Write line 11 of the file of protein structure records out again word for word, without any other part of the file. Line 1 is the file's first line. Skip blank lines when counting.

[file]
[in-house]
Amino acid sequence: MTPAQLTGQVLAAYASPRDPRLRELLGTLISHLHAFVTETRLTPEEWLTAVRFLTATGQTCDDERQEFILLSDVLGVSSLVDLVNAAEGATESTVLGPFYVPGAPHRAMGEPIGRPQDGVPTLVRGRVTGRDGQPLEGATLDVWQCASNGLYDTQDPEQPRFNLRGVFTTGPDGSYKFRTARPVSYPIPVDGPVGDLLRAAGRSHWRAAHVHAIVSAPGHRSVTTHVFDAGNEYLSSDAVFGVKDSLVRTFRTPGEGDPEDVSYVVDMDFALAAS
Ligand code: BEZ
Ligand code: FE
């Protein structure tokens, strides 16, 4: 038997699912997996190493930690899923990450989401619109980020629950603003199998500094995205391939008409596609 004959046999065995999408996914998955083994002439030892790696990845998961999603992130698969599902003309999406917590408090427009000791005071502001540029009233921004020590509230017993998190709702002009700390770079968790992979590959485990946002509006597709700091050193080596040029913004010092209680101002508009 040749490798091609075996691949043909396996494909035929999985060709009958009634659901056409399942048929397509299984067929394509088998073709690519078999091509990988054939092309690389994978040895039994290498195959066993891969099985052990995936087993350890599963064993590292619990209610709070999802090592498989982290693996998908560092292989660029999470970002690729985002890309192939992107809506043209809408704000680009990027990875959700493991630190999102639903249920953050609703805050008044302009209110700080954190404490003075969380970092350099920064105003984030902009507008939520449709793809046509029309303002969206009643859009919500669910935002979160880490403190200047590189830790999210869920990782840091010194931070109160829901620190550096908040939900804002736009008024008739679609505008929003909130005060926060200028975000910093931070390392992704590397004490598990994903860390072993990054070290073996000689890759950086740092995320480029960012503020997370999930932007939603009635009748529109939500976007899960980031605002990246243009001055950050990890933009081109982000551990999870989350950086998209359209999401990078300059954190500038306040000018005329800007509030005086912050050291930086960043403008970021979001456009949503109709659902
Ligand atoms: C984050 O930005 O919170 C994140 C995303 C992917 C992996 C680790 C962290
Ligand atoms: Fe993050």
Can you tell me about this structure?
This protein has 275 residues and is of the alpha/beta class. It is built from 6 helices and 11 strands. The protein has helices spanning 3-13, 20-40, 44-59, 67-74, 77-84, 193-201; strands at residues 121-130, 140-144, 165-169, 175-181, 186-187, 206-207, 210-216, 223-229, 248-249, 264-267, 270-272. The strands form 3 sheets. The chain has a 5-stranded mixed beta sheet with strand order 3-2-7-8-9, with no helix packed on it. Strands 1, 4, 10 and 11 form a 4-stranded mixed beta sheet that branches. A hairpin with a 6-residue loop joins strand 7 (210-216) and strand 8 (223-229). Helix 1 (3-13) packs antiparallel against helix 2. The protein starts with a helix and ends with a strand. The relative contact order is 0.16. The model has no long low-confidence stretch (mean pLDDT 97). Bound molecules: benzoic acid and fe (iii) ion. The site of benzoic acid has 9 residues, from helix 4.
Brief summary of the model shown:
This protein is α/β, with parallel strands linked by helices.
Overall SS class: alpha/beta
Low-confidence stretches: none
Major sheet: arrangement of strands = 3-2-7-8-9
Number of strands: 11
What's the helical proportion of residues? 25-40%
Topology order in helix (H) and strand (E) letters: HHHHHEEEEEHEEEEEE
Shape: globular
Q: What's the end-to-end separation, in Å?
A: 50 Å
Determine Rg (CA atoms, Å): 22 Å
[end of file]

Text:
This protein is α/β, with parallel strands linked by helices.